Temp consists of thirteen empirical chapters that place temp work in two historical contexts: one is “the rise and fall of the postwar economy” and the other is the “second industrious revolution”. The book follows common chronologies according to which the 1970s were a breaking point in US economic history, characterized by recessions, the politics of deregulation, and the onset of the digital economy. The analysis begins with a set of chapters on four relevant groups of workers. Hyman introduces the standard white male employee of companies, female casual workers, male consultants, and auxiliary industrial or agricultural workers – who were usually immigrants or African-Americans – with keen attention to inequalities and discrimination in the postwar working world (pp. 15-112). The following five chapters shift the focus to the world that temps made. Here Hyman discusses the business models of American consulting firms and temp agencies, the development of technology consulting, the failure of conglomerates as a form of corporate risk management, and temp workers’ critique of their insecure working conditions (pp. 113–209). The last four chapters explore how dispensable workforces became the norm. Focusing mostly on examples from Silicon Valley, Hyman reveals that a demand for flexibility in corporations required the permanent presence of consultants, who managed the downsizing of fixed staff and the various types of on-call and on-contract workers, who were hired ad-hoc. This development peaked with “lean” companies in the digital gig economy, in which algorithms, online remote work, and apps finally made temp agencies and consultants superfluous (pp. 210–325).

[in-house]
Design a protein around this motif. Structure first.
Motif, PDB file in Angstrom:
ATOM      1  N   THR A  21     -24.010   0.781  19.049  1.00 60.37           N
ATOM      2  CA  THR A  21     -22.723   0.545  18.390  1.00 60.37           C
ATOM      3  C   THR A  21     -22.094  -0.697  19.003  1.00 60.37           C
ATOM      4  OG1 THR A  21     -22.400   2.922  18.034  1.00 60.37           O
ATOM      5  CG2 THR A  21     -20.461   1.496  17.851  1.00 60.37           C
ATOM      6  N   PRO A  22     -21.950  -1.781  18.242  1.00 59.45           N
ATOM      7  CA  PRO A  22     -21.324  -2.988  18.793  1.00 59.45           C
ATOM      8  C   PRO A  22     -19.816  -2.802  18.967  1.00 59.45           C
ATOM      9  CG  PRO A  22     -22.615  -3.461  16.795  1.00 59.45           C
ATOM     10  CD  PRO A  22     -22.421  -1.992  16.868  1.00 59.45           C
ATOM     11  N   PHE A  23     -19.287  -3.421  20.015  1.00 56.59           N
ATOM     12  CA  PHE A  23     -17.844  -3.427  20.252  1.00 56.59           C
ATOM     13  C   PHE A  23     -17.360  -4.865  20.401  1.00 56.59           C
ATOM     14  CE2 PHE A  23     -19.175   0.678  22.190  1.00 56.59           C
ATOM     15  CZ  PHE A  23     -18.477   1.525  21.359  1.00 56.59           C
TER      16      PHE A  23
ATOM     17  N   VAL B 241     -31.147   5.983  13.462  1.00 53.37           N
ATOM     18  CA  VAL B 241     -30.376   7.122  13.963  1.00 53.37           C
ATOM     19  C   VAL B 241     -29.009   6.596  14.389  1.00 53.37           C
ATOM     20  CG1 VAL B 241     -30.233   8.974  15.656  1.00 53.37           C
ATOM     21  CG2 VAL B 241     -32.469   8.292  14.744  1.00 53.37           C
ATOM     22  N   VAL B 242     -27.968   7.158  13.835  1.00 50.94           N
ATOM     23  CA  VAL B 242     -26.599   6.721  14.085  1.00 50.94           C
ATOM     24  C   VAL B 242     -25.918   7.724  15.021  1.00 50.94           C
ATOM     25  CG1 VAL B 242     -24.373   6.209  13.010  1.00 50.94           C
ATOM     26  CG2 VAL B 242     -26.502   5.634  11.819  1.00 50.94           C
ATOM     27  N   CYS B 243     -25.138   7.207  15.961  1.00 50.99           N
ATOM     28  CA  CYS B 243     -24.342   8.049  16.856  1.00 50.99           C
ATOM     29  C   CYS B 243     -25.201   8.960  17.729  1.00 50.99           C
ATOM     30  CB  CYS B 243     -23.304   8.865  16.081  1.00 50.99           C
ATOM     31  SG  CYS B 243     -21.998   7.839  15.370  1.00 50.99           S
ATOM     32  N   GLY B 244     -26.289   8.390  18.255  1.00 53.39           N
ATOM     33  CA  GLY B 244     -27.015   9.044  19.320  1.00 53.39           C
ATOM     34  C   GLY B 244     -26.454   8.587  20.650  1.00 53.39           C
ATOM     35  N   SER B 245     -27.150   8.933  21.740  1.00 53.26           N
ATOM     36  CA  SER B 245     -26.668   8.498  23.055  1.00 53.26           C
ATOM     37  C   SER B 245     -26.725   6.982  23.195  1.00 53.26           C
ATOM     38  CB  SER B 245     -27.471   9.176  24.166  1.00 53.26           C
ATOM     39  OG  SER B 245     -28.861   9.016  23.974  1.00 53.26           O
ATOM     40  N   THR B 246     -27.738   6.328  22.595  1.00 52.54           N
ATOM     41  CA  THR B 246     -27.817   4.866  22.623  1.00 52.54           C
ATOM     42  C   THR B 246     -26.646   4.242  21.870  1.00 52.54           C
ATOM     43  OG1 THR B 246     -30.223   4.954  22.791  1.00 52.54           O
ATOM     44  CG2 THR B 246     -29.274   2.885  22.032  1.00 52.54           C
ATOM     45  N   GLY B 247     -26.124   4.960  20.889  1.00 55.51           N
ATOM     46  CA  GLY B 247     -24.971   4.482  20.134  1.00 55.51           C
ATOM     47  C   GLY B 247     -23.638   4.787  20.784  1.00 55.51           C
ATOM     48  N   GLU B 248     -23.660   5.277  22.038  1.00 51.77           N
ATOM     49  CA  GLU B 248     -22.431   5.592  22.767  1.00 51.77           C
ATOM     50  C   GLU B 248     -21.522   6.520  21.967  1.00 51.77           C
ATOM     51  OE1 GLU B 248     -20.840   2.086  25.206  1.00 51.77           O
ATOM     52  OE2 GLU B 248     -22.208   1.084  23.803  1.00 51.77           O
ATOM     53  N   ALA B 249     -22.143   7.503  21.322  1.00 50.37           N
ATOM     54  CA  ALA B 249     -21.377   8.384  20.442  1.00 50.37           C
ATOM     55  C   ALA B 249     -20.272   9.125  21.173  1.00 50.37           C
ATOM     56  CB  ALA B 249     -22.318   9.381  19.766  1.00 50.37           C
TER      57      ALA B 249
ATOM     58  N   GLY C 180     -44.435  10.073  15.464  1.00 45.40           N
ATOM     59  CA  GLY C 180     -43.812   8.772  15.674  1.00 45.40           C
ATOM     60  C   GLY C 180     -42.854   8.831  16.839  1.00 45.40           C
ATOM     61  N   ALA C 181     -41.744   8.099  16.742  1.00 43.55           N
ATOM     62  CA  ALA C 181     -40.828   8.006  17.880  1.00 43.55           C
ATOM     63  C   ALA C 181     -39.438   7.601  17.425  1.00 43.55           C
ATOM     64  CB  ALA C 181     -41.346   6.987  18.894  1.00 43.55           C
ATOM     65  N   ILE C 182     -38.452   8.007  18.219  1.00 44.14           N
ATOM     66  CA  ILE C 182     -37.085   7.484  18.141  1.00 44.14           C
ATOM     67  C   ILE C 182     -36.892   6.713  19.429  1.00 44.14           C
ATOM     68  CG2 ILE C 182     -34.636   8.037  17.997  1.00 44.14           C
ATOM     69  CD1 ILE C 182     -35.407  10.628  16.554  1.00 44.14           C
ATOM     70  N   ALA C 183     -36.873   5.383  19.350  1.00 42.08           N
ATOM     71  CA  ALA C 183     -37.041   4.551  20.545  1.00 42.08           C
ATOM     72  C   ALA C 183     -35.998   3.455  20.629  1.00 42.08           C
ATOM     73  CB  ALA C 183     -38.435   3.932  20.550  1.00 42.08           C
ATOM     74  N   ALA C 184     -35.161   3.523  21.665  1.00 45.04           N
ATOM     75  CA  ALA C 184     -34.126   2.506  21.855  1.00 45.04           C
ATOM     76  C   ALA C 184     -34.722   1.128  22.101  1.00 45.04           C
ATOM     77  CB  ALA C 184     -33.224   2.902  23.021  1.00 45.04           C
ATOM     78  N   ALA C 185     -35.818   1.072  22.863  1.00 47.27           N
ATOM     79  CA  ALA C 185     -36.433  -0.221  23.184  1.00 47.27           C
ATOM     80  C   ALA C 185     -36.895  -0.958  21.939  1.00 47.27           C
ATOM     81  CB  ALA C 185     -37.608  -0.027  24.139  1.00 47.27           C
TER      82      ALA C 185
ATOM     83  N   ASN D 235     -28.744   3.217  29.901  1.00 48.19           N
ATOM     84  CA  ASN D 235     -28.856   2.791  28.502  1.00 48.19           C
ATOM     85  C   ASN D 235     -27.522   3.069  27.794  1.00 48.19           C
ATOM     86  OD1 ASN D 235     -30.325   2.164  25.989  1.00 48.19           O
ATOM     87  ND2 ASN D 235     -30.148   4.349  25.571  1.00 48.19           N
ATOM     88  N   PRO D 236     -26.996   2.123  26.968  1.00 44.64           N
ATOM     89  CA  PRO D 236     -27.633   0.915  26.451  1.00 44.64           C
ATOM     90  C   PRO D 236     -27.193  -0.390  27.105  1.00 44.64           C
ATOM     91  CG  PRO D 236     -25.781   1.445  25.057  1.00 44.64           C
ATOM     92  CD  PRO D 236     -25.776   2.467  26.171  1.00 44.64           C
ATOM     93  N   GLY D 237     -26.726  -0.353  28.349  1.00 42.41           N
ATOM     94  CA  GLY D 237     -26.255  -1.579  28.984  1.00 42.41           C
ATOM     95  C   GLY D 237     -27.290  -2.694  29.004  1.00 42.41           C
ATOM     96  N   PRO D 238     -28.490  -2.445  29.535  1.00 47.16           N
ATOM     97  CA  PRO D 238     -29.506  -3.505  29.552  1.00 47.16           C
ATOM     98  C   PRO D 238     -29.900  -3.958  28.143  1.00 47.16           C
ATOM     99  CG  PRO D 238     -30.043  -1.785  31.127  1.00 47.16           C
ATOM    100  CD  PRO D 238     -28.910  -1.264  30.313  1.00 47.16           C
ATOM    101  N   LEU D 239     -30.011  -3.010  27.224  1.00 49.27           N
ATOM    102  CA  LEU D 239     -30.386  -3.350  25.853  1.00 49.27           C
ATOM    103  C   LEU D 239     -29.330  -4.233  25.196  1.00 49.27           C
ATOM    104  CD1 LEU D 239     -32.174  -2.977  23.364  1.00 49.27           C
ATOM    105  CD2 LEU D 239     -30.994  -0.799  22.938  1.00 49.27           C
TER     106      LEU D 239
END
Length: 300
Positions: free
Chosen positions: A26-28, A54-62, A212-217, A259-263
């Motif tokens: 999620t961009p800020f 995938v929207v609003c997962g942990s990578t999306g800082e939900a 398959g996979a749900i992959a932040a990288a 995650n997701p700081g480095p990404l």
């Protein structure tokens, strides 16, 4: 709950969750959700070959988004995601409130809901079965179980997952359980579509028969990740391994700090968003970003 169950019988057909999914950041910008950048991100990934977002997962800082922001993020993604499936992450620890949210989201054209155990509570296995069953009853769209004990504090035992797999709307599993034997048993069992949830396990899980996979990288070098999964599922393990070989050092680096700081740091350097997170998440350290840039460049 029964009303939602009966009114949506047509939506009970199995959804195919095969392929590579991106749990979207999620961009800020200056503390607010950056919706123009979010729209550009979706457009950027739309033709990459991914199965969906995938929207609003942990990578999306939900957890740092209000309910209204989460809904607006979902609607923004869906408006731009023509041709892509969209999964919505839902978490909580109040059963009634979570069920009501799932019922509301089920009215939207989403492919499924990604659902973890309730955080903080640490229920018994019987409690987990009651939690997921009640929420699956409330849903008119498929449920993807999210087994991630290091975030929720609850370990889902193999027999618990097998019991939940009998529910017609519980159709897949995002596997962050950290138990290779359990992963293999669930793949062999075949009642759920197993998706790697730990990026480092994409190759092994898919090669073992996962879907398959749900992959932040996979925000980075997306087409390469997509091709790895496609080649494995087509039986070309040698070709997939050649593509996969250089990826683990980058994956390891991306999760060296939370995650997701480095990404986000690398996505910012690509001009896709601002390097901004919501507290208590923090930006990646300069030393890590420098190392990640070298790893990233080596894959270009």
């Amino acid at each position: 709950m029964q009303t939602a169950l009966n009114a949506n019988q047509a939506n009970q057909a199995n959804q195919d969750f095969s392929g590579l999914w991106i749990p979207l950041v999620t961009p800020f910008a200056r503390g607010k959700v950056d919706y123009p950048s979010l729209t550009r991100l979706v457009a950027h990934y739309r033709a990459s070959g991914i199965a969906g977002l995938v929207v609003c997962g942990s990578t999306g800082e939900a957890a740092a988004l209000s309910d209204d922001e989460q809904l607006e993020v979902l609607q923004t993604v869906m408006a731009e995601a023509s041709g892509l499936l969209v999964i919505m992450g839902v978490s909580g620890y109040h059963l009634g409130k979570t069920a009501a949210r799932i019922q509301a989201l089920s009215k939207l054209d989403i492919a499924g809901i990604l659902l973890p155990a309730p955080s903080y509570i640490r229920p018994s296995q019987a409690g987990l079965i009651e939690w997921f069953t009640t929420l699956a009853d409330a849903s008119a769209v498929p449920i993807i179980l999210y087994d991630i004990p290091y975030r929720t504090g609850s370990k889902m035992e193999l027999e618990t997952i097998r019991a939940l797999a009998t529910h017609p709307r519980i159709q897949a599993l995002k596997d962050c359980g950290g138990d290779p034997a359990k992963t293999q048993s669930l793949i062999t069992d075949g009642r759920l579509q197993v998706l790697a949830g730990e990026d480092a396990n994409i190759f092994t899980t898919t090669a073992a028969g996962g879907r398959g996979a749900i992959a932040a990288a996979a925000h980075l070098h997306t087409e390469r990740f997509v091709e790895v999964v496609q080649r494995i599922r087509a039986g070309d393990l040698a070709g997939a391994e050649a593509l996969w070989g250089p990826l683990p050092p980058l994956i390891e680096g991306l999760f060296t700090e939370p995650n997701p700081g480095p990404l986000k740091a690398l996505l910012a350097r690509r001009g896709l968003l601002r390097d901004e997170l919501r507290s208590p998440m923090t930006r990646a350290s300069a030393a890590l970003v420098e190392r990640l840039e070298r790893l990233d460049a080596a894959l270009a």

Temp uncovers a complex and nuanced history of the obscure world of temp work. The book’s greatest strength is its consistent effort to describe what big terms like consulting, corporation, or flexible work meant for those affected – a method that characterizes the new history of capitalism. Hyman, who is known to represent this approach, skillfully creates an image of the American economy from ego-documents, including business publications, zines, speeches and questionnaires for workers. The great charm of the subjective perspective clearly emerges when we read, for example, the quote from a temp worker who had to transcribe “a tedious legal document, dictated by a disembodied individual who sounded as if he made it a habit to speak with pebbles in his mouth” (p. 204). Yet, grounding the study primarily in these sources has two obvious downsides for the clarity of the argument. First, Hyman’s case studies give a vivid idea of temp work in white-collar, industrial and high tech business environments, but neglect other parts of the American economy, such as food services or health care. Second, the anecdotal evidence is presented in short subsections that have no clear connection to the chapters’ unifying theme. For example, the chapter “Restructuring the American Dream” has eleven subtitles on a challenging variety of topics, including “Robots and Migrants” (p. 211), “Japanese Management” (p. 228) and “The IRS Comes to Silicon Valley” (p. 245). Presenting central findings concisely, in tables or chapter summaries, and sporadic comparisons to changing employment conditions outside the temporary labor market (Hyman briefly mentions McDonald’s franchise model and the W-2 tax forms for salaried and insured employees) would have helped to bring Hyman’s claim that “we all became temps” (p. 1) to the fore.

That said, Temp is an insightful reflection on how notions of risk and security shape jobs and thus economic (in-)stability in the US. Only a short time after the book’s publication, the shutdown economy of the coronavirus pandemic underscored the relevance of the topic. Temp workers, whose shadowy existence as food deliverers and shoppers currently proves more risky and indispensable than ever, deserve the voice Hyman gives them with this book.

[1] Kate Conger / Adam Satariano / Mike Isaac, Pandemic Erodes Gig Economy Work, New York Times, March 18, 2020, (18.06.2020).
[2] Michael Zakim, Accounting for Capitalism. The World the Clerk Made, Chicago 2018; Caitlin Rosenthal, Accounting for Slavery. Masters and Management, Cambridge 2018.